TUCKER AND DALE VS. EVIL Look For Safe Haven On DemandSeptember 28, 2011


TUCKER AND DALE VS. EVIL Look For Safe Haven On Demand

On Demand Weekly provides new movie reviews of hot movies on demand and from the POV of watching from the comfort of your home. Today’s review: TUCKER AND DALE VS. EVIL (Magnet Releasing)


 

Click Here For On Demand Weekly's Exclusive Interview With Director Eli Craig

 

 

TUCKER AND DALE VS. EVIL On Demand
By Chris Claro

 

Rare is the truly original idea. With virtually every movie pitched as a mashup of two (or more) established properties – “It’s AMERICAN BEAUTY meets THE BOURNE IDENTITY” – it isn’t often that a film shows a glimmer of originality.

Paradoxically, TUCKER AND DALE VS. EVIL,

a film that takes on the tropes of hillbilly slasher films

and turns them on their bloody ear,

is one of the freshest and funniest films to come along in a while.

 



Full of all the expected chainsaws, wood chippers, and obnoxious college students, the film mixes gore and comedy to tell a story about how appearances can deceive. Seemingly stereotypical hillbillies Dale (Tyler Labine, RISE OF THE PLANET OF THE APES) and Tucker (Alan Tudyk, FIREFLY) want nothing more than to fix up Tucker’s cabin in peace and quiet. But a series of misunderstandings and overreactions sets off a chain of bloody slayings that upend expectations and turn the victims into their own worst enemies.

Throughout, director Eli Craig – son of Sally Field – makes the most of what was clearly a shoestring budget to twist the clichés of the form in much the same way that John Landis did thirty years ago with AN AMERICAN WEREWOLF IN LONDON. By casting a knowing eye toward the hoary devices of the rural horror flick – nubile skinny-dippers, campfire ghost stories, graphic deaths – Craig, as Landis had before him, tweaks the genre while maintaining its traditions.

The screenplay, by Craig and Morgan Jurgenson, is predicated on the idea that people – and movies, for that matter – shouldn’t be judged solely on their looks. In subverting the expectations of the audience by inverting the conventions of the film, Craig and Jurgenson offer a kind of meta commentary on thirty years’ worth of slasher flicks.

 

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On Demand Weekly’s Top 10 Movies On Demand 2011 - Part IIDecember 29, 2011


On Demand Weekly’s Top 10 Movies On Demand 2011 - Part II

FilmBuff

So many movies and so many movie lists of 2011. How could you watch or read them all and yet so many are so similar. Do you need affirmation of the films you may have seen in the theaters already? How about learning about the best films of 2011 you may have missed?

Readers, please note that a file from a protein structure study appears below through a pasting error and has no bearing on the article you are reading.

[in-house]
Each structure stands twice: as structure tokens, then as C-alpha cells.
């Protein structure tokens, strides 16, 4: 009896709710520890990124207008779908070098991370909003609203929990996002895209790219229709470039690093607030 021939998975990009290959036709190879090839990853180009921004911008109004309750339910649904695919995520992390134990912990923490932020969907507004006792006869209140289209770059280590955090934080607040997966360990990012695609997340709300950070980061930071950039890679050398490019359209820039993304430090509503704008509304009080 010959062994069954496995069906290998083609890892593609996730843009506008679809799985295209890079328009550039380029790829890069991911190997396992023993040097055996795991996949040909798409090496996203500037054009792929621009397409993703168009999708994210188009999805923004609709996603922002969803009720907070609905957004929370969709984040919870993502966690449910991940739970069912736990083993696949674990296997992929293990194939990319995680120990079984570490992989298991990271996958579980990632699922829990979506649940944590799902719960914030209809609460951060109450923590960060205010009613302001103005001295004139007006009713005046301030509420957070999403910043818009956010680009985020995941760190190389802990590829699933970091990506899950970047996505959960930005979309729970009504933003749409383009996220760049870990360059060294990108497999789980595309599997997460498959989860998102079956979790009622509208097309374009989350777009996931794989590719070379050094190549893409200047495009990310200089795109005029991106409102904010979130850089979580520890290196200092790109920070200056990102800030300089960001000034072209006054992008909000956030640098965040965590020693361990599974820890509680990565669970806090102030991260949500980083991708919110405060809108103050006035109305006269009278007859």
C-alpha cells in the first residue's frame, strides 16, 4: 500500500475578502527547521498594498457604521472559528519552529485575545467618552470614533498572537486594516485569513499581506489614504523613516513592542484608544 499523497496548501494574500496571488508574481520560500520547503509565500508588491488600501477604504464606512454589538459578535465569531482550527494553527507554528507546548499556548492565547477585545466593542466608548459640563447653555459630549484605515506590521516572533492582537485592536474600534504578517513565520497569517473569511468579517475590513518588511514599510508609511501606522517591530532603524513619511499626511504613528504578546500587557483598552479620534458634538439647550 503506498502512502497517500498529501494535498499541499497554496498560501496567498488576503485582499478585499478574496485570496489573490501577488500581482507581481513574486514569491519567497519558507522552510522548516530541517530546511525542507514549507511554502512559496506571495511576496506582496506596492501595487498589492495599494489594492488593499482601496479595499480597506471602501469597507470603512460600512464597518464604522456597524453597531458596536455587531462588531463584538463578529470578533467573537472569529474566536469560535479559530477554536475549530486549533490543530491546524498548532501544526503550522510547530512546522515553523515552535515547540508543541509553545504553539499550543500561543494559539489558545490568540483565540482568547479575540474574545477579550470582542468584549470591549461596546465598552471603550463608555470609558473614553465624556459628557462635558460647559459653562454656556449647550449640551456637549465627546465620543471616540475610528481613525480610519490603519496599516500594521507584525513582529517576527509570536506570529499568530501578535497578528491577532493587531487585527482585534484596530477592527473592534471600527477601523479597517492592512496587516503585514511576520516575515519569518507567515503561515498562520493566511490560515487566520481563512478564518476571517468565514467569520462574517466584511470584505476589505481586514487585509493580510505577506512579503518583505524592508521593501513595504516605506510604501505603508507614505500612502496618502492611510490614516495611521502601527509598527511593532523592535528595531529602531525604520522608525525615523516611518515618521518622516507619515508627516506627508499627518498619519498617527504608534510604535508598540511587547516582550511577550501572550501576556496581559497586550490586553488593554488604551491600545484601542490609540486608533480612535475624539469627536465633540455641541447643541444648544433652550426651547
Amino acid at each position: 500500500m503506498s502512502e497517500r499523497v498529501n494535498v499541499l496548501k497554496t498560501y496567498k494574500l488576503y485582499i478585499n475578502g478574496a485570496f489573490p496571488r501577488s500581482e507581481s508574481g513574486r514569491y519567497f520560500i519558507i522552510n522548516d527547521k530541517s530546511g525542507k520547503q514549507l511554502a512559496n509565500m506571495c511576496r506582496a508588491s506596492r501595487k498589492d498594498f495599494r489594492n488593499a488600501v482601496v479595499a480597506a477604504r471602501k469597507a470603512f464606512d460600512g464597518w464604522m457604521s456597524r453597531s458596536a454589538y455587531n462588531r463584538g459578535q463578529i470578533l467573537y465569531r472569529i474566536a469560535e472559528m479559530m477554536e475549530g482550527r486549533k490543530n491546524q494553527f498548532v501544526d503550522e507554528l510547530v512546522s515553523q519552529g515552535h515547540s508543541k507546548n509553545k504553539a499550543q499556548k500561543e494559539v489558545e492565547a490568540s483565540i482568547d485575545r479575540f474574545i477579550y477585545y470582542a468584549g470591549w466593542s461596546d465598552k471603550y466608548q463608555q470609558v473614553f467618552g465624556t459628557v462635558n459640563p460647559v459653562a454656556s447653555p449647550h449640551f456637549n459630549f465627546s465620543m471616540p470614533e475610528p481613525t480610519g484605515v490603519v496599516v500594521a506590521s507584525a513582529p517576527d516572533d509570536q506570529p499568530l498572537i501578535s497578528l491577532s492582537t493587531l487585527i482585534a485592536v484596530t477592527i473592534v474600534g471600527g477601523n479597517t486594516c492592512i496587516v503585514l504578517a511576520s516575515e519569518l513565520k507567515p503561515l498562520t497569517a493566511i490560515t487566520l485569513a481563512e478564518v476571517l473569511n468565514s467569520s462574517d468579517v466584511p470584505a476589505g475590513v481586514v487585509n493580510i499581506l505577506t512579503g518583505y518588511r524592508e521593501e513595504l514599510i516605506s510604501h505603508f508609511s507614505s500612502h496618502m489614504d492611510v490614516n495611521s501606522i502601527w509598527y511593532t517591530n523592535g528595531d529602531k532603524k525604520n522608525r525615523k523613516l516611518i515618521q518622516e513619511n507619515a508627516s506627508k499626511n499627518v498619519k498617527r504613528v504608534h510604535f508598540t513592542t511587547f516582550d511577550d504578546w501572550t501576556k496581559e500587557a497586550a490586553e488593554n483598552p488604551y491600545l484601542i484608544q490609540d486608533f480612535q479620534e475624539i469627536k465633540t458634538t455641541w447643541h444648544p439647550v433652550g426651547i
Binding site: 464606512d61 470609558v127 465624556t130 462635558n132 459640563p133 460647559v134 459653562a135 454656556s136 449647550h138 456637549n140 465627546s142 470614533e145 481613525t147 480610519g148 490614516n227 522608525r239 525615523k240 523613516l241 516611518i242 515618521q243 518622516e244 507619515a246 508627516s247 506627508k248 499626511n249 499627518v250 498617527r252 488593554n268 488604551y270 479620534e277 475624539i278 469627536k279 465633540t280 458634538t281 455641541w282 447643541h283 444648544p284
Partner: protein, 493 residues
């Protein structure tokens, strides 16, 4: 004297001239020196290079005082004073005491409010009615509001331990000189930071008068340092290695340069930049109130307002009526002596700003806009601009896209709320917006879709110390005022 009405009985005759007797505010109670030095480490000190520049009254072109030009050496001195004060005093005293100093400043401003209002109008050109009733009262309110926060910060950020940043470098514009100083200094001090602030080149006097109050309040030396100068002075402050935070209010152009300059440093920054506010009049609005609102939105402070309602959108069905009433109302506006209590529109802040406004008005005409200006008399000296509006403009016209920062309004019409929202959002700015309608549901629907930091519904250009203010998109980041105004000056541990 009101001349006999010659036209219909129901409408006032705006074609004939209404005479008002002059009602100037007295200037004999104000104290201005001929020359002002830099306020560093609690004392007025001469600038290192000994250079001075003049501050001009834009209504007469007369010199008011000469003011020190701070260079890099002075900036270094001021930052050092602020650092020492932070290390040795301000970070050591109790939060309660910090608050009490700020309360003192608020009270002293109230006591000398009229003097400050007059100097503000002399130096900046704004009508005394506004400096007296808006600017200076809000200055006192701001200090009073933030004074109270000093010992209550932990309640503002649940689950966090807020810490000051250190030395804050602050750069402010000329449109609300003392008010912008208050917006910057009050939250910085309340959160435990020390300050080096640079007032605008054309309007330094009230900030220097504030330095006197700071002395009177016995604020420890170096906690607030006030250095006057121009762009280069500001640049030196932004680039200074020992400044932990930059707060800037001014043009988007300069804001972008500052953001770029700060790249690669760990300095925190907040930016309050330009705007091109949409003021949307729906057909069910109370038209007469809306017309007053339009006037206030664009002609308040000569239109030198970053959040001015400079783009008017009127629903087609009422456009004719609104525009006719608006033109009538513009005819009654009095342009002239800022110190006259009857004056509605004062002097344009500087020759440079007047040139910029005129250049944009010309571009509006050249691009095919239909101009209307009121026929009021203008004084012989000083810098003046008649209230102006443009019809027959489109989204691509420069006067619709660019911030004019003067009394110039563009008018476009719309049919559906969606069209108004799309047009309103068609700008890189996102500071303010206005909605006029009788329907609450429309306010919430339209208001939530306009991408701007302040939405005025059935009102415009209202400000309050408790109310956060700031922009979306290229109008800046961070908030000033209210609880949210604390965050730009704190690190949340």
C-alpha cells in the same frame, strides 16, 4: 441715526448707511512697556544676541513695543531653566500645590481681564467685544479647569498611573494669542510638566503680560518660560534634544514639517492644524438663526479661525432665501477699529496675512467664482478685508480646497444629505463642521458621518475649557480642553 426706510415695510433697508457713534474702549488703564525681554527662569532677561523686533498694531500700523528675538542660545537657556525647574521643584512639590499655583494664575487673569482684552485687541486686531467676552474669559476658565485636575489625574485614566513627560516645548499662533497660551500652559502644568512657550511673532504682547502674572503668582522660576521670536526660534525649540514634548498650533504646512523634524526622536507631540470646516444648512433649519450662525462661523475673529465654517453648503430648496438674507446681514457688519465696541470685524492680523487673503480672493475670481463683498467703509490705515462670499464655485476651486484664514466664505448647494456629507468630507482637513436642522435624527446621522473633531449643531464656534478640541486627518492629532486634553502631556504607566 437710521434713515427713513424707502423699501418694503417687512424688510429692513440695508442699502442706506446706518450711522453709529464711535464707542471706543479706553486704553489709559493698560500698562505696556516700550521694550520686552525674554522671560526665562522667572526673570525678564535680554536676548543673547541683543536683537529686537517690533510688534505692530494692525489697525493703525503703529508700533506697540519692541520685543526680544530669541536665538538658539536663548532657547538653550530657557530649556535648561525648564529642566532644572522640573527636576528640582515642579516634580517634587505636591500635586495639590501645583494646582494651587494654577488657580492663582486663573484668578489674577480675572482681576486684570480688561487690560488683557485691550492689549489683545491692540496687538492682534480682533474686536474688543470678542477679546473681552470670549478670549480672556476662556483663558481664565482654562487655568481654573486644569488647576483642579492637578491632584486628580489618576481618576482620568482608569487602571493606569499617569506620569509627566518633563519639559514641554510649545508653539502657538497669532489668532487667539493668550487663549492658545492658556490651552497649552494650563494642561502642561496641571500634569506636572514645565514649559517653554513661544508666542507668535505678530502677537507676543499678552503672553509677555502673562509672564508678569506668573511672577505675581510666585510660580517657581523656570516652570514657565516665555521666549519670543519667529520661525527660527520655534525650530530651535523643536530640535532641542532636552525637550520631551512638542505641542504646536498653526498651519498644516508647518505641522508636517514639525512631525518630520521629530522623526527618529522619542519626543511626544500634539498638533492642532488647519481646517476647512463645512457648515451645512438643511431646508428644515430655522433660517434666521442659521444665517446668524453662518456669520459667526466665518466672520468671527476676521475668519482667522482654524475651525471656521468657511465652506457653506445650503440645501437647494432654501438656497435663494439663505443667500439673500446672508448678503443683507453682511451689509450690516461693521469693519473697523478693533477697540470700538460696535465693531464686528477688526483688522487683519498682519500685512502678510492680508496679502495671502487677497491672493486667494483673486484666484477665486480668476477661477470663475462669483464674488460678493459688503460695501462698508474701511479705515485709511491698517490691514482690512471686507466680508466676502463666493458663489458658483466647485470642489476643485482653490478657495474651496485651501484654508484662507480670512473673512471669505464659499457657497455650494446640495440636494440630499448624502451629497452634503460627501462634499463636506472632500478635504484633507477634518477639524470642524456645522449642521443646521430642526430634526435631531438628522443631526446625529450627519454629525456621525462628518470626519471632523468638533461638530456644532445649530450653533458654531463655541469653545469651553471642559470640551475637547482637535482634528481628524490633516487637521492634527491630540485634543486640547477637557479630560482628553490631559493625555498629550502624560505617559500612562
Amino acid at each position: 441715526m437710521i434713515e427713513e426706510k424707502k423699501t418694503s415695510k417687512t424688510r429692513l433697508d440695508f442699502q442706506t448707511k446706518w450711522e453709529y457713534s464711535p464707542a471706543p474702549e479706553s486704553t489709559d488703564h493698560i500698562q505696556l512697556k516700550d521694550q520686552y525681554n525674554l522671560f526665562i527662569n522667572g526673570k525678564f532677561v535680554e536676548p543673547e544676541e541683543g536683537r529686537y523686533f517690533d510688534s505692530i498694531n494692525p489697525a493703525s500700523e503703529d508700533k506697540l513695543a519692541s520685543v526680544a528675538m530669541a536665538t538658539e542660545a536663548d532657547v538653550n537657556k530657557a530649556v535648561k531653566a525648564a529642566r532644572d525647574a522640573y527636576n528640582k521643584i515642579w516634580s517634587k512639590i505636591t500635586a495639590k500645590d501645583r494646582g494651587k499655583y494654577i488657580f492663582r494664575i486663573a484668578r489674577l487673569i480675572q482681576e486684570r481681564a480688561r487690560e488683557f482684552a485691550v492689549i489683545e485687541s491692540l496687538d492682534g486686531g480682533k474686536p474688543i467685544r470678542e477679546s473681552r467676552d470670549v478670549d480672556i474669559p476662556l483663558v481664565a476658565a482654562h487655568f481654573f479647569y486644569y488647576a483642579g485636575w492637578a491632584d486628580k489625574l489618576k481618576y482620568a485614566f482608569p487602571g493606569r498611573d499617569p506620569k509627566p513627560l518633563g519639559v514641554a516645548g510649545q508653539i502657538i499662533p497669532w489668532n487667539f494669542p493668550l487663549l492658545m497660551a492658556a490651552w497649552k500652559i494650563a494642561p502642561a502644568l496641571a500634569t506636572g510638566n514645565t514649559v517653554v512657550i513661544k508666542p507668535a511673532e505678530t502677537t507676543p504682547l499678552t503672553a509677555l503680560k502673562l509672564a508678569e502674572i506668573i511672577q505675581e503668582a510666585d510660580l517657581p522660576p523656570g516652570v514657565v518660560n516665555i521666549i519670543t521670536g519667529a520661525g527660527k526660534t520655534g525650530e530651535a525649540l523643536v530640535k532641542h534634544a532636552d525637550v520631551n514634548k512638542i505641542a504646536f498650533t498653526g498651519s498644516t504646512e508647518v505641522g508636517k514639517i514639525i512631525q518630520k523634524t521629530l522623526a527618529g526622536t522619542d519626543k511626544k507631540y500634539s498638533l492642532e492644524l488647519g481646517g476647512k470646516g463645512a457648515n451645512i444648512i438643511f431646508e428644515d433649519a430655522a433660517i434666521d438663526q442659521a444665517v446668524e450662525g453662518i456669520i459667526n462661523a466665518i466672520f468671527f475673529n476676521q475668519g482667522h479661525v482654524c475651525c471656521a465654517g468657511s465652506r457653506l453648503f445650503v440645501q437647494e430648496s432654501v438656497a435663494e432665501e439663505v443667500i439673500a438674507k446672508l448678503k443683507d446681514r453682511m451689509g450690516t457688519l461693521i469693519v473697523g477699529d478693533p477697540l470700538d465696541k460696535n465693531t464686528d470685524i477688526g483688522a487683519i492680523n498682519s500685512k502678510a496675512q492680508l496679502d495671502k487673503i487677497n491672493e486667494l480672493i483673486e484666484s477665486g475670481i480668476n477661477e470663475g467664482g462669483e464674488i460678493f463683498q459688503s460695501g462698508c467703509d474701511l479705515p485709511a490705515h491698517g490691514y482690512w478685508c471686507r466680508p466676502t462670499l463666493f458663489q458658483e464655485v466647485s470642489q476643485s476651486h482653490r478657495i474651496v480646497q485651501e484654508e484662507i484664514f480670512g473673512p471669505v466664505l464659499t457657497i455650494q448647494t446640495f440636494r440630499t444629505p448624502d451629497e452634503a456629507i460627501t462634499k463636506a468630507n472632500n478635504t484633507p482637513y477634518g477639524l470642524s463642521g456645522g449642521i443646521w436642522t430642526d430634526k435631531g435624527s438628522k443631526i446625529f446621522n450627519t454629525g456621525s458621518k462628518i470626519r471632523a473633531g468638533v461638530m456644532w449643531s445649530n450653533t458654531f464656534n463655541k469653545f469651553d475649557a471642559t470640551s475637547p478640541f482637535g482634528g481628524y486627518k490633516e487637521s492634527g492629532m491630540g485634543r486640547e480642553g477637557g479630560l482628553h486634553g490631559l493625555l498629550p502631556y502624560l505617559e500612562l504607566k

On Demand Weekly's Cynthia Kane and Chris Claro offer their Top 10 Movies On Demand of 2011. Tell us what you think of the their lists or what your #1 movie of 2010 is HERE.


Part I - Cynthia's is HERE.
Part II - Chris's is below.

 

10. SHUT UP, LITTLE MAN! AN AUDIO ADVENTURE
Matthew Bate’s hilarious and poignant film about unwanted fame and the subculture of pre-Internet tape trading was an entertaining and effective documentary.

9. THE MAN FROM NOWHERE
The violent and kinetic thrill ride from Korean director Jeong –beom Lee was stuffed with dynamic action set-pieces and an amazing performance from child actor Sae-ron Kim

8. BLACKTHORN
The last real man, Sam Shepard, took on the legend of the last real outlaw, Butch Cassidy, in an elegiac film about the final days of cowboys and Indians.

7. THE BIG UNEASY
Humorist Harry Shearer’s fascinating and heartbreaking document of the post-Katrina cover-up by the Army Corps of Engineers. Thoroughly sourced, sincerely conveyed, and absolutely fascinating.

6. BRIGHTON ROCK
Helen Mirren and John Hurt classed up this retelling of Graham Greene’s novel about a killer and the girl he entrances. Set against the birth of the mods/rockers conflict, Rowan Joffe’s film also boasted an intense performance by Sam Riley.

5. CONAN O’BRIEN CAN’T STOP
Behind the scenes with the talk show host on his post-Tonight concert tour, director Rodman Flender’s film was painful, funny, and painfully funny.

4. TUCKER AND DALE VS. EVIL
Horror clichés were turned on their ear in Eli Craig’s debut film. Stars Taylor Labine and Alan Tudyk were a joy as the harmless hillbillies mistaken for psychos.

 

Chris's Top 3 of 2011...

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